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Jonas Kaufmann: "L’Opéra"

CD Button Bayerisches Staatsorchester, de Billy. Texts and translations. Sony Classical 88985390762

Recordings Kaufmann Cover 118
Critics Choice Button 1015 

FRENCH OPERA HAS become central to tenor Jonas Kaufmann’s career, and here he takes a tour through the repertoire that has served him well. His delivery remains elegant and emotionally connected as ever, although in the first two selections—“Ah! lève-toi, soleil!,” from Roméo et Juliette, and “Pourquoi me réveiller,” from Werther—his characteristically dark sound grows gruff on the bottom and over-muscled on top. Fortunately, matters improve considerably. He is more anchored as Wilhelm Meister in “Elle ne croyait pas, dans sa candeur naïve,” from Mignon, the first French role he ever essayed. In a self-assured “La fleur que tu m’avais jetée,” Kaufmann maneuvers his final, hushed “Carmen, je t’aime” into a moment of discovery. 

His knack for allowing a character to surprise himself recurs in the heart-stirring climax of “Rachel, quand du Seigneur,” from La Juive, to which he builds after warming his sound with a mellow, paternal roundness that conveys nobility and wisdom. Kaufmann can lighten up when he wants, tenderly caressing the line in “Vainement, ma bien-aimée,” from Lalo’s Roi d’Ys, ending the aria with a devotional pianissimo full of tremulous desire. He approaches “Pays merveilleux,” from L’Africaine, with a similarly delicate touch, and the final B-flat benefits from his smooth approach. He tempers the declamatory nature of “Ô souverain, ô juge, ô père,” from Massenet’s Cid, with an air of self-effacement. Two Berlioz arias, “Merci, doux crépuscule,” from La Damnation de Faust, and “Inutiles regrets,” from Les Troyens, allow Kaufmann to exercise that perfect mix of romanticism and heroism at which he excels.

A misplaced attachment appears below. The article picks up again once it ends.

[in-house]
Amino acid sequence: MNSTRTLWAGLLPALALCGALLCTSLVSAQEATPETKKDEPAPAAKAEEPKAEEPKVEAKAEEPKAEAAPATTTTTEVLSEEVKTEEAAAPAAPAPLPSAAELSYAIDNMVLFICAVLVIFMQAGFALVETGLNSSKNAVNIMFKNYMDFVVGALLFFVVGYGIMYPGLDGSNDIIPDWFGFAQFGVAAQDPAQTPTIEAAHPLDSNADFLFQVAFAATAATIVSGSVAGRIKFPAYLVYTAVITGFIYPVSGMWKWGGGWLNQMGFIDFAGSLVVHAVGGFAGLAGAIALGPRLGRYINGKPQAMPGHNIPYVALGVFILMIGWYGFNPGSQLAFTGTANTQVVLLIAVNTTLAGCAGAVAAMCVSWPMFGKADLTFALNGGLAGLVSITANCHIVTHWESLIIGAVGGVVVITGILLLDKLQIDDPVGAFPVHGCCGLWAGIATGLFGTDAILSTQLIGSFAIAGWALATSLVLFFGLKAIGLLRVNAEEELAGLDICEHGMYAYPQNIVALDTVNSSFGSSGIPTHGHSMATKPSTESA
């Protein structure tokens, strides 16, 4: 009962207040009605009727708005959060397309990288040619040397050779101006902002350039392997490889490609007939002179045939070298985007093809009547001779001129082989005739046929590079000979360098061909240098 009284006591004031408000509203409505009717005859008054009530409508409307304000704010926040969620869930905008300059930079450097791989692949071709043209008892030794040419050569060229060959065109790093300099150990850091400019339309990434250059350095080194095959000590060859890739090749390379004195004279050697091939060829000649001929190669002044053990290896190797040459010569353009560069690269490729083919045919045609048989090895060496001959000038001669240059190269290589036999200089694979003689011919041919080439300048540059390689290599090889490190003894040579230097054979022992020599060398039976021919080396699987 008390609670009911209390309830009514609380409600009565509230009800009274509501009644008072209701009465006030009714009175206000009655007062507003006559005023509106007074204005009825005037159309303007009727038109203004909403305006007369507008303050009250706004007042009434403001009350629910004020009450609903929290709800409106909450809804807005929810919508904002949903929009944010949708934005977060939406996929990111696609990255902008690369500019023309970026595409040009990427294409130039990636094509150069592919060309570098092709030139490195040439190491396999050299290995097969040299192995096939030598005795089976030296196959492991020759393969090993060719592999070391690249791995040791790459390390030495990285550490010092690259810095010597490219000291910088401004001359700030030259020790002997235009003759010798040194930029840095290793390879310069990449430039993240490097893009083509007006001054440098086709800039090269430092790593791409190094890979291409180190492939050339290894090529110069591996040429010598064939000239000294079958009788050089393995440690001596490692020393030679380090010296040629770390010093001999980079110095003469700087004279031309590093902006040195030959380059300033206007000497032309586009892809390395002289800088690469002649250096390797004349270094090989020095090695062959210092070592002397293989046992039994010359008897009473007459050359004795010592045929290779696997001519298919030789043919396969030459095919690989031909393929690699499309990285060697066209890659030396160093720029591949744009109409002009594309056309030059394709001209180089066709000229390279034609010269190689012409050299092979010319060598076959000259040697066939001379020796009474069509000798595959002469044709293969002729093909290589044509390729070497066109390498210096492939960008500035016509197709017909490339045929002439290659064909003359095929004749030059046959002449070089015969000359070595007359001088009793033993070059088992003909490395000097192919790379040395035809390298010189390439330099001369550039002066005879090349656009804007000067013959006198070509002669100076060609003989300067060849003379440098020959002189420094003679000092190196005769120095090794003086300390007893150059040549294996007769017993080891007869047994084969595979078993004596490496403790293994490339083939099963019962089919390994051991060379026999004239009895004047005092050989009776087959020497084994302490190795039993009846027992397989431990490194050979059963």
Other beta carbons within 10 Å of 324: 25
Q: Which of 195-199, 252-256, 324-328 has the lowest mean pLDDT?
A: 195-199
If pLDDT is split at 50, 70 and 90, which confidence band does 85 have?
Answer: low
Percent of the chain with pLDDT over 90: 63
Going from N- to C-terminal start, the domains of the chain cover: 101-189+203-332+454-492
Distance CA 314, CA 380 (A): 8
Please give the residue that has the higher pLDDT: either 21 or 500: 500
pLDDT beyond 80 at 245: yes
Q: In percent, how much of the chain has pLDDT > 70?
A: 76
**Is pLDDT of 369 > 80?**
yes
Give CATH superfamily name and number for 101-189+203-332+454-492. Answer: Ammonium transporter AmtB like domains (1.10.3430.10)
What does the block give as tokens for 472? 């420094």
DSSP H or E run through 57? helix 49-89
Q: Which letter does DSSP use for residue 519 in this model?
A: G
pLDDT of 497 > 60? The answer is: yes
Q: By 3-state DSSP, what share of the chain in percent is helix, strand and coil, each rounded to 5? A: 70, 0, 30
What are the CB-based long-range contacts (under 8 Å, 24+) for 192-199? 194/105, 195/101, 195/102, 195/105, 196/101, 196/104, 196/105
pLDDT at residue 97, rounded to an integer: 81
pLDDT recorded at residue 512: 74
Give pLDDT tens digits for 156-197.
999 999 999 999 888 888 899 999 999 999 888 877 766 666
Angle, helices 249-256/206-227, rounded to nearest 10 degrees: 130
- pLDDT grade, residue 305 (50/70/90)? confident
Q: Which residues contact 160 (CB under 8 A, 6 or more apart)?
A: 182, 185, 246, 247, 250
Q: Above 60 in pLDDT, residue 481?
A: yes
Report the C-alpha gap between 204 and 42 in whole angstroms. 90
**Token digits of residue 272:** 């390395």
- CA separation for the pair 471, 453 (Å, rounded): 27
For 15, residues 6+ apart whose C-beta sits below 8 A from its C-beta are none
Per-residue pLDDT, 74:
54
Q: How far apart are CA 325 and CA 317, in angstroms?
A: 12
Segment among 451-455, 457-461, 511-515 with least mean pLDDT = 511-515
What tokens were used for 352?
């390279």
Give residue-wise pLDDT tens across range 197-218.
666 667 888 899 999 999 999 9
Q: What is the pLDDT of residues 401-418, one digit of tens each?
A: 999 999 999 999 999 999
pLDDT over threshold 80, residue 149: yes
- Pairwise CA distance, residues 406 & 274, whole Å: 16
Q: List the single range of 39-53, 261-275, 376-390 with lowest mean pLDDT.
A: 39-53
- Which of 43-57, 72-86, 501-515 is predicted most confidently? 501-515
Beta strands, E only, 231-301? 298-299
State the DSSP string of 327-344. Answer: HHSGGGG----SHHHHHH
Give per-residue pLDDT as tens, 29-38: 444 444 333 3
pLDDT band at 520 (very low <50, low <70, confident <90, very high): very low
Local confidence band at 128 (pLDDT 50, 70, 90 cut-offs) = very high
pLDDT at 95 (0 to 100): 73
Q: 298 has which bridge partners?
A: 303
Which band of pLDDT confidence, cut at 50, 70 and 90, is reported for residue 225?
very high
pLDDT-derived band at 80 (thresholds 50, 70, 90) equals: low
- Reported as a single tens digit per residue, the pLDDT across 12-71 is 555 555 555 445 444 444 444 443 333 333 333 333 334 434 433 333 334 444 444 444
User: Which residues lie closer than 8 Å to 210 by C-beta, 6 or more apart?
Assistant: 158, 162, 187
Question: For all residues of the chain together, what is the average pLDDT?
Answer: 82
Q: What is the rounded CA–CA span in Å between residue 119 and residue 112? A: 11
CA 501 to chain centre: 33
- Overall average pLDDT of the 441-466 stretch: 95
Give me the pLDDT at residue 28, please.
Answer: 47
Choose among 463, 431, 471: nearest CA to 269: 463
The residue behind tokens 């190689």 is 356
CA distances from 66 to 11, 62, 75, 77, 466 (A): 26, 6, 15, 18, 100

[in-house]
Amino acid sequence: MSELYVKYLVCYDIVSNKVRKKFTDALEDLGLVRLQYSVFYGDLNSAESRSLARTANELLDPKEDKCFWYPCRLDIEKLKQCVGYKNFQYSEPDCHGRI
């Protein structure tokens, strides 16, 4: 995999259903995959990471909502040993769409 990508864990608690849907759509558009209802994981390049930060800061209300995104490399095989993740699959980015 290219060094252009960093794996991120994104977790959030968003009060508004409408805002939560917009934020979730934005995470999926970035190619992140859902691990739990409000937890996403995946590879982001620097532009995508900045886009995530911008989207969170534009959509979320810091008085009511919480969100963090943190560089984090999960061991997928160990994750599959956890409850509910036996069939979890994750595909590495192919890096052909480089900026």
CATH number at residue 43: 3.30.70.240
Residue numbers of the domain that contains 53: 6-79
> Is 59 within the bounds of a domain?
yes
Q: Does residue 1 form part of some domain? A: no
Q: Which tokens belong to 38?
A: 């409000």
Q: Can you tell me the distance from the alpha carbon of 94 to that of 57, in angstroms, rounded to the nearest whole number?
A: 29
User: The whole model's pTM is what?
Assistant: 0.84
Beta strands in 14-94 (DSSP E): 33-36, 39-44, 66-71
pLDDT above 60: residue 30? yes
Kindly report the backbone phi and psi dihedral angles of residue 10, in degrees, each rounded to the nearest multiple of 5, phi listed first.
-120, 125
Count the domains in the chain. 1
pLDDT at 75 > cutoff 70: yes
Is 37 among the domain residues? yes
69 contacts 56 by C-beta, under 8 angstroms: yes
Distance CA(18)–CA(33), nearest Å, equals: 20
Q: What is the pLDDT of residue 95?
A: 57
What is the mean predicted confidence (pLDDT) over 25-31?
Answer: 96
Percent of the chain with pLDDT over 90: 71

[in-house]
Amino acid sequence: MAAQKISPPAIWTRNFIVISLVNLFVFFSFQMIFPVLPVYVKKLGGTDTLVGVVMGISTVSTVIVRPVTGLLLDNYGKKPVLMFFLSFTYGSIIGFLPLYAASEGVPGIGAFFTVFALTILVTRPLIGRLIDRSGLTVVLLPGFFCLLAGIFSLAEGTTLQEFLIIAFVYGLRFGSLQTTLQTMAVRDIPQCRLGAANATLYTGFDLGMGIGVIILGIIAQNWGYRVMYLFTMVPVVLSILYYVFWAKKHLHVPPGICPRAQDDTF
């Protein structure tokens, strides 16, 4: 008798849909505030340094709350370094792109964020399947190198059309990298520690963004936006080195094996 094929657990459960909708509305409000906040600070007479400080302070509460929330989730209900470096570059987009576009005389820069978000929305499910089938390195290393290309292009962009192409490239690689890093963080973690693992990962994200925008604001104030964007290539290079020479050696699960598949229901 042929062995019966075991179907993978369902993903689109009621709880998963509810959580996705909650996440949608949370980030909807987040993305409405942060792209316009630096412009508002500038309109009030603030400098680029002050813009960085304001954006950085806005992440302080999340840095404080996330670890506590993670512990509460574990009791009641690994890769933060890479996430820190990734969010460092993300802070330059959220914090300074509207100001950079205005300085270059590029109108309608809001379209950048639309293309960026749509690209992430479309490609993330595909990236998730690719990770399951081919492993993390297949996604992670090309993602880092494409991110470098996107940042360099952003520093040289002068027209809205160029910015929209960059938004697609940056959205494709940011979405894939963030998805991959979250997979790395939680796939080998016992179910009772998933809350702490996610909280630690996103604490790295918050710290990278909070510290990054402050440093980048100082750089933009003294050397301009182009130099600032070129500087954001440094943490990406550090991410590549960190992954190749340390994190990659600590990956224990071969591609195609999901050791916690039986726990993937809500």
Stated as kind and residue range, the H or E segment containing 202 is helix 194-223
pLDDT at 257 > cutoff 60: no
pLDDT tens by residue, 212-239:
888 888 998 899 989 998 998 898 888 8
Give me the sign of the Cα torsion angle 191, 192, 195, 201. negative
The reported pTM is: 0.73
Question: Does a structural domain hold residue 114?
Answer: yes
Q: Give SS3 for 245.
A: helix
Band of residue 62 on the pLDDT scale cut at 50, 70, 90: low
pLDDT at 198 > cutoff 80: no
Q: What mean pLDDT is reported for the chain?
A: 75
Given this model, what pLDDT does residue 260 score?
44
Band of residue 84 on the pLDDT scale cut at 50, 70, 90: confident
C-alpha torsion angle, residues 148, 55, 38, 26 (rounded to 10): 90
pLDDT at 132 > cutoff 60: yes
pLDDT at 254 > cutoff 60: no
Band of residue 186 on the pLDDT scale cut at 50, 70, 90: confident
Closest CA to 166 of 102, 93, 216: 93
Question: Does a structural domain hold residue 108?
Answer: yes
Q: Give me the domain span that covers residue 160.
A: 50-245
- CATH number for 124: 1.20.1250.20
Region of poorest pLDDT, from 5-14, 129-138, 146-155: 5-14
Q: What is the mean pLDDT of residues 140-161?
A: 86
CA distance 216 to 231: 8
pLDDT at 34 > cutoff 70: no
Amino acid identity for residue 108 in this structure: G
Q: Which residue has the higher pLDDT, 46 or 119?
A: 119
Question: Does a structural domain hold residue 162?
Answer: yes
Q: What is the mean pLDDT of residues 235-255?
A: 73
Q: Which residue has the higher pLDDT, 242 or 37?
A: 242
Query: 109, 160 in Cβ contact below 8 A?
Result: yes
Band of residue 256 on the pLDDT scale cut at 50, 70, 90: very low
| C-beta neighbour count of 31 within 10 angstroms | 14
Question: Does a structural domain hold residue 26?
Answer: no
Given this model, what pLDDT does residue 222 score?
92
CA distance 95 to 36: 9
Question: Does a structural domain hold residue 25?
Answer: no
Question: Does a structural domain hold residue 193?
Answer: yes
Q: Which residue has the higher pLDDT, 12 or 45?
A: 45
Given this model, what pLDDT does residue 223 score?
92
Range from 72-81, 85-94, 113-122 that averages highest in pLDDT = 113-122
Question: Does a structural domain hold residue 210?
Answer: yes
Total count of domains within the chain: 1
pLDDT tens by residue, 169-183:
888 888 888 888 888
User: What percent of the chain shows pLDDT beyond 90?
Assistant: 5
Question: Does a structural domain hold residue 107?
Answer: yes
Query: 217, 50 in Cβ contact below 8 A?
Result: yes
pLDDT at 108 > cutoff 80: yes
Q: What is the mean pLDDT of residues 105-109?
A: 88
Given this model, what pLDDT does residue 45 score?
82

There are outstanding guest appearances. Baritone Ludovic Tézier joins Kaufmann for “Au fond du temple saint,” from Les Pêcheurs de Perles. Their timbres are not that far apart, so their blend is gorgeous, with Kaufmann pointing his tenor a bit more brightly in the duet section. (That burnished focus is also on display in “Ô Dieu de quelle ivresse,” from Les Contes d’Hoffman.) Kaufmann matches the dreamy hopefulness of Sonya Yoncheva’s limpid soprano as des Grieux to her Manon in “Enfin, Manon, nous voilà seuls ensemble!” and simmers with wounded pride and suppressed longing as she pleads with him alluringly in “Toi! Vous!” The duet ends with a pulsing and passionate vocal consummation. Throughout, Bertrand de Billy and the Bayerisches Staatsorchester provide appropriately sumptuous support. —Joanne Sydney Lessner 

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